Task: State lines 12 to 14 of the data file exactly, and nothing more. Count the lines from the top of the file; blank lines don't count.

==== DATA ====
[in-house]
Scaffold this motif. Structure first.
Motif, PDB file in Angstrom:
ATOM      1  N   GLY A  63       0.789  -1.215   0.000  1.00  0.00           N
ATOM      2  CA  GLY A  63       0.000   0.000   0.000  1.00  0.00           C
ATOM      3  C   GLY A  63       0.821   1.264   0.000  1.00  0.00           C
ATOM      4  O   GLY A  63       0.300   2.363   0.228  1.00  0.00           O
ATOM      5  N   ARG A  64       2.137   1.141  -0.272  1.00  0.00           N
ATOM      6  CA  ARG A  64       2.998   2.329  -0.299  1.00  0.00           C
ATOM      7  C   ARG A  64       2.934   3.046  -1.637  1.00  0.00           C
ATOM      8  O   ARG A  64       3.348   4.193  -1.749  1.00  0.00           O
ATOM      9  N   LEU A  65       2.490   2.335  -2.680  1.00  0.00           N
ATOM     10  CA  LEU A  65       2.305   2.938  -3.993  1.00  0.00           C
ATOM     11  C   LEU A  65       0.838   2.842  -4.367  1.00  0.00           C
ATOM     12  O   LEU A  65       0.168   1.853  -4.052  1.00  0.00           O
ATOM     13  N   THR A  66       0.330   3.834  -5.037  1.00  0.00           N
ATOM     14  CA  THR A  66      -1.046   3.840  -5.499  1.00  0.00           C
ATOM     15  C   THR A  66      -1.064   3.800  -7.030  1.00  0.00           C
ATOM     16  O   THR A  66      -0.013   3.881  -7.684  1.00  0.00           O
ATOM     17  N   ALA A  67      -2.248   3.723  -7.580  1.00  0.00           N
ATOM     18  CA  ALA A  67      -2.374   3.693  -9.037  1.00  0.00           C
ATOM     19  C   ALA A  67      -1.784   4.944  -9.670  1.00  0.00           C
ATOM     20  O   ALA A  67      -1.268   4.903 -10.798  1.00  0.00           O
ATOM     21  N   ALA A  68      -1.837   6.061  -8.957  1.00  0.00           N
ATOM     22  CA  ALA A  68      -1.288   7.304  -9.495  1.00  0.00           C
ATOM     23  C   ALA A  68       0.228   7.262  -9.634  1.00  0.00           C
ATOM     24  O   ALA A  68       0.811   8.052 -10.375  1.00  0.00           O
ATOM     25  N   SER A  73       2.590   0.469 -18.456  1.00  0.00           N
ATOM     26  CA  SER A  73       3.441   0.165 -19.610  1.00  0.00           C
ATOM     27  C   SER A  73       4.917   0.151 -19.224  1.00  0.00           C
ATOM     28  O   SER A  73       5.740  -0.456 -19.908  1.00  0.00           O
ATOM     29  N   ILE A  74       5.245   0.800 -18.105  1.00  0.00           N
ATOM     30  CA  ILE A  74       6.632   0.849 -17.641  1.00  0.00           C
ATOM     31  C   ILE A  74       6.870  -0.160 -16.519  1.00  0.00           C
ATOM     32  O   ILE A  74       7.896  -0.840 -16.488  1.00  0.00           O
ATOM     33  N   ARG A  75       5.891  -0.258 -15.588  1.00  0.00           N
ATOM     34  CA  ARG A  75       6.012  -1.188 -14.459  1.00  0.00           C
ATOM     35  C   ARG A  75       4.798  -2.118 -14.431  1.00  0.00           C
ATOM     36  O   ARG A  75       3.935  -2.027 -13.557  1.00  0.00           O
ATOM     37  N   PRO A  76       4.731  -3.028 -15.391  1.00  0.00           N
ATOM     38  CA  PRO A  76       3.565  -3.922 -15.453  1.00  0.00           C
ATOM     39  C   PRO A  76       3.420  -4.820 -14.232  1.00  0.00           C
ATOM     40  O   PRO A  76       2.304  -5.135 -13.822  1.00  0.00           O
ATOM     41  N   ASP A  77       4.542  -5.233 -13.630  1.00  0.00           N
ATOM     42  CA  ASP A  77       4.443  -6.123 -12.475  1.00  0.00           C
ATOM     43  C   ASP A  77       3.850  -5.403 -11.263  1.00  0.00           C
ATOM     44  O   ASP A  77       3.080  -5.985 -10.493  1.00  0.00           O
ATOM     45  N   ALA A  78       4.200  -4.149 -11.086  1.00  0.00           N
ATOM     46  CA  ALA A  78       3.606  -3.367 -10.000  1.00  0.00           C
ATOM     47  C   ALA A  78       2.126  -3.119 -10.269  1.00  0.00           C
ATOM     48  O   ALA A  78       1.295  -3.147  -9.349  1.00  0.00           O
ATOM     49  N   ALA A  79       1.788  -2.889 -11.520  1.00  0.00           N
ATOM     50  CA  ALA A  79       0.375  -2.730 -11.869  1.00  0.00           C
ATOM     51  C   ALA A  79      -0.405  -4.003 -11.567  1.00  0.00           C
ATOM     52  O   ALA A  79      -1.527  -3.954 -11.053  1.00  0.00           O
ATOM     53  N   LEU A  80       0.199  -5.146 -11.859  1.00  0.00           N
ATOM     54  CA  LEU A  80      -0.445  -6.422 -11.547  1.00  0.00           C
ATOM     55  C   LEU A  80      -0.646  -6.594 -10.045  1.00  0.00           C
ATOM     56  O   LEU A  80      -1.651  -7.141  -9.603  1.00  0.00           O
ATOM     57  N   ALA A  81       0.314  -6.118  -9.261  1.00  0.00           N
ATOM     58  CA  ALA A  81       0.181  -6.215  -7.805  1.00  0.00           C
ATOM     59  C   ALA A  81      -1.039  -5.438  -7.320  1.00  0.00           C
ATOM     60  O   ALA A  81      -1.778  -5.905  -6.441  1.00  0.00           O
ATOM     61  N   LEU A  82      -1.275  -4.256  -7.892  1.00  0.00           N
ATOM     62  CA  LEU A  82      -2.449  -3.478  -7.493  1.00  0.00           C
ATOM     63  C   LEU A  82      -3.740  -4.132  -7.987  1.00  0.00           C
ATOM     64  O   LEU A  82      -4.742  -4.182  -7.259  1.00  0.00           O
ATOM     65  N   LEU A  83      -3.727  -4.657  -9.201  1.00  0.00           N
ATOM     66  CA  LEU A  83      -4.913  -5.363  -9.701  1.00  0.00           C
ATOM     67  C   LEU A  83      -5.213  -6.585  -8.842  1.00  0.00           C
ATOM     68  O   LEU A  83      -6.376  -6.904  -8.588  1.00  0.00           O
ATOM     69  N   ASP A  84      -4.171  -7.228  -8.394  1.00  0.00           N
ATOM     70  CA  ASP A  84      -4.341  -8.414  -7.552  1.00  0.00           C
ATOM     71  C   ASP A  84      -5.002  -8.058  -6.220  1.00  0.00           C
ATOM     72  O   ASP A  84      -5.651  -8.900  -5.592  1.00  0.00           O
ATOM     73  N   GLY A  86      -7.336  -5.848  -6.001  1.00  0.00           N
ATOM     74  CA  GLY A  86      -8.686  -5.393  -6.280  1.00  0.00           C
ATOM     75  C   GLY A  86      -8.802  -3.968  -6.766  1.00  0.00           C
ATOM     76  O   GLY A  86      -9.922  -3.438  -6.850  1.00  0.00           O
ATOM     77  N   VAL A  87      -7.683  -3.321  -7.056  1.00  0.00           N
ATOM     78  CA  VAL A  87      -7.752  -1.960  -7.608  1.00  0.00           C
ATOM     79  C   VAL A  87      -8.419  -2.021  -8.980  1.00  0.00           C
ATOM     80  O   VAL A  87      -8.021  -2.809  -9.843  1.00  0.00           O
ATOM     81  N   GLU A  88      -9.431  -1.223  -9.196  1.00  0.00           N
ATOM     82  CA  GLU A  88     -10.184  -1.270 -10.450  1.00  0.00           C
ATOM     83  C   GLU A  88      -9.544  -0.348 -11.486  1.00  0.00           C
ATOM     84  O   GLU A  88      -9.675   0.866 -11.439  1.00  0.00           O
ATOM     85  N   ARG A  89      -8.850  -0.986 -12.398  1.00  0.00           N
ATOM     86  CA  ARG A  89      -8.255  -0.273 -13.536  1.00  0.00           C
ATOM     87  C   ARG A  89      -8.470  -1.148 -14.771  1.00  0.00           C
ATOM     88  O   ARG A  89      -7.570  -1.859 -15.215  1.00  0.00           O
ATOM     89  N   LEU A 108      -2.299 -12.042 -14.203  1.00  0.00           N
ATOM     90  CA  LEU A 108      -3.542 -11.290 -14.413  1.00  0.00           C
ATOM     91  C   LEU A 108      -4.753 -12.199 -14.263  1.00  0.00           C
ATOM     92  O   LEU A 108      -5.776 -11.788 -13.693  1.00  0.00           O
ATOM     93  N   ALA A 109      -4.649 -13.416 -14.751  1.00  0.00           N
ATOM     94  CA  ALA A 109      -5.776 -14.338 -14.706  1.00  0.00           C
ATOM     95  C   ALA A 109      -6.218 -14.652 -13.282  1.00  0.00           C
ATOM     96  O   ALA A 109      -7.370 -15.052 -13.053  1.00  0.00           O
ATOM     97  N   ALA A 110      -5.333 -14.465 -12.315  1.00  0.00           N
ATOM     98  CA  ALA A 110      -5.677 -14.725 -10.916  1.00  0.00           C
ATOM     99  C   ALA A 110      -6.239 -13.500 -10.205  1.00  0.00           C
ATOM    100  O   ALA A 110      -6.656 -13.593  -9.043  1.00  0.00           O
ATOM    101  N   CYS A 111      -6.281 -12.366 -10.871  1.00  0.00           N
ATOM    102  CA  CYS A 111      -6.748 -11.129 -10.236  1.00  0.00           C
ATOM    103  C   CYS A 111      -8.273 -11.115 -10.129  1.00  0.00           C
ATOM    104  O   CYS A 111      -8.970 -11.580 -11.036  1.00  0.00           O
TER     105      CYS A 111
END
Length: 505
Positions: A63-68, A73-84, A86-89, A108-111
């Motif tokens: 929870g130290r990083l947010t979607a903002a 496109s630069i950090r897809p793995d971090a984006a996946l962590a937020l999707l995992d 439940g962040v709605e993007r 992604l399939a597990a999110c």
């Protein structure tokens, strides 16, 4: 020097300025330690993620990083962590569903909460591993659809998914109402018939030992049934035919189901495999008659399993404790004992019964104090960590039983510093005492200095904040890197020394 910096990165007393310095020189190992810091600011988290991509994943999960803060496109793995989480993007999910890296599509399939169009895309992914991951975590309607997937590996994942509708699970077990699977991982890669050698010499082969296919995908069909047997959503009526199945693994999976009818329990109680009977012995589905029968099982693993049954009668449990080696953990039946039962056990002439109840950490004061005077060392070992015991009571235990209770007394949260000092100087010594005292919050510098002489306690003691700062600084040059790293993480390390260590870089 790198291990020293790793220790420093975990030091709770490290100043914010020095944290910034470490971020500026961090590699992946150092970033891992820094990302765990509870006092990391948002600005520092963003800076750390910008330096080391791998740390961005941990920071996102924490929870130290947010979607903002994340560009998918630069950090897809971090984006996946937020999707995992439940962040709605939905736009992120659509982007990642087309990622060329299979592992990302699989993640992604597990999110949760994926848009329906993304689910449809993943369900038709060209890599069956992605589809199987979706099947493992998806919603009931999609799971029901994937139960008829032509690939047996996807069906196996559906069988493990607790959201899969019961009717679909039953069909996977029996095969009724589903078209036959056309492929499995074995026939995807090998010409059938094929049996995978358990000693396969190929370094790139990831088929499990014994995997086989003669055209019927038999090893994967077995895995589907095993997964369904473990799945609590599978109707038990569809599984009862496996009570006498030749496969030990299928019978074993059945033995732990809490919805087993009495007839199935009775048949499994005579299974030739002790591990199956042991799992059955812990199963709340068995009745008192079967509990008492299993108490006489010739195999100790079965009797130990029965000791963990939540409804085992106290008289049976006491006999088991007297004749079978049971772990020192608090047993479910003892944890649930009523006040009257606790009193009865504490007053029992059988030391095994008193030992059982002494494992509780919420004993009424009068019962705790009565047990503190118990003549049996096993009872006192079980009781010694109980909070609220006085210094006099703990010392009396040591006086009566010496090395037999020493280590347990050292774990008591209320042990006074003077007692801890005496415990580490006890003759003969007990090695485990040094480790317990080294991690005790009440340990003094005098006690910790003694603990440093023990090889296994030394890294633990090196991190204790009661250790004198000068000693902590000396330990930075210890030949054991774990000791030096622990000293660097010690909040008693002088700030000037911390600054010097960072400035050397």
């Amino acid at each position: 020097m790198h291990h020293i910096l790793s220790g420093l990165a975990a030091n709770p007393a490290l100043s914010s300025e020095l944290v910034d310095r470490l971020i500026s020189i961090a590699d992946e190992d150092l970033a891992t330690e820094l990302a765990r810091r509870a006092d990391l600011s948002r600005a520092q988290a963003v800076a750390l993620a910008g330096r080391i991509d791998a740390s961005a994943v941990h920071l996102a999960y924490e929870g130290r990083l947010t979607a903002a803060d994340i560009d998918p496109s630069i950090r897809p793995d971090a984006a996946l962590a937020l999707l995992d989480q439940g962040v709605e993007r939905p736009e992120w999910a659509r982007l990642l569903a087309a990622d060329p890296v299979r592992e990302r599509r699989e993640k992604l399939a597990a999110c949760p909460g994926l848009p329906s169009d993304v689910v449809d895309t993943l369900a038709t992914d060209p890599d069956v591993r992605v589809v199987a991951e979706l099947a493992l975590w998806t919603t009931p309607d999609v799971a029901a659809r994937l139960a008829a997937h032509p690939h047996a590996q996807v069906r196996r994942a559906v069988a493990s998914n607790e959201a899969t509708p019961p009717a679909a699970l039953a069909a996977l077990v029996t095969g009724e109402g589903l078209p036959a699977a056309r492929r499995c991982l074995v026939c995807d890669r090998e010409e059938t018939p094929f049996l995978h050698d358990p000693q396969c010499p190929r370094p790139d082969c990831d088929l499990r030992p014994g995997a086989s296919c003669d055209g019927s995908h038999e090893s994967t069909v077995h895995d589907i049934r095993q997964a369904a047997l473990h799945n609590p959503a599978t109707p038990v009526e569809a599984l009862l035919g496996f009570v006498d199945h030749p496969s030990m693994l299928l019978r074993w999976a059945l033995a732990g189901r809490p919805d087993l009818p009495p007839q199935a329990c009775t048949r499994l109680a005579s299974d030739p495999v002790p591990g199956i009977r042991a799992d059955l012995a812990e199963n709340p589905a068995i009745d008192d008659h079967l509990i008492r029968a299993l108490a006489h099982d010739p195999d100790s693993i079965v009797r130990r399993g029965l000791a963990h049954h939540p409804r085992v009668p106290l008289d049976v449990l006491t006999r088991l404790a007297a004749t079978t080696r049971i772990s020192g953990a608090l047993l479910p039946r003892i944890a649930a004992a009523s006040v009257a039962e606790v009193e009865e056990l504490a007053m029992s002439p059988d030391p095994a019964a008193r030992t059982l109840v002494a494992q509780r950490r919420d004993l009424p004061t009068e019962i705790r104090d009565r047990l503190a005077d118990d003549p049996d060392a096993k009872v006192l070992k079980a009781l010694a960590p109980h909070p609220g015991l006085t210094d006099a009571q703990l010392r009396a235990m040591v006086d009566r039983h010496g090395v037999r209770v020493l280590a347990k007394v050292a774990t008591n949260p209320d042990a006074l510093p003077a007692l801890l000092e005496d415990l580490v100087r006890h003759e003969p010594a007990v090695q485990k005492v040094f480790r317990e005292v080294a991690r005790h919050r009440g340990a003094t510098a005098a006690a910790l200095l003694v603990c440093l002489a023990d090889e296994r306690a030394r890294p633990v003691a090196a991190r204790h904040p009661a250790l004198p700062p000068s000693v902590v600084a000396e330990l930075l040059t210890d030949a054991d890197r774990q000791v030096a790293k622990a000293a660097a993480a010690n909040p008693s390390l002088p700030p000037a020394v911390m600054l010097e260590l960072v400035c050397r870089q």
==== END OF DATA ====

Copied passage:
ATOM      9  N   LEU A  65       2.490   2.335  -2.680  1.00  0.00           N
ATOM     10  CA  LEU A  65       2.305   2.938  -3.993  1.00  0.00           C
ATOM     11  C   LEU A  65       0.838   2.842  -4.367  1.00  0.00           C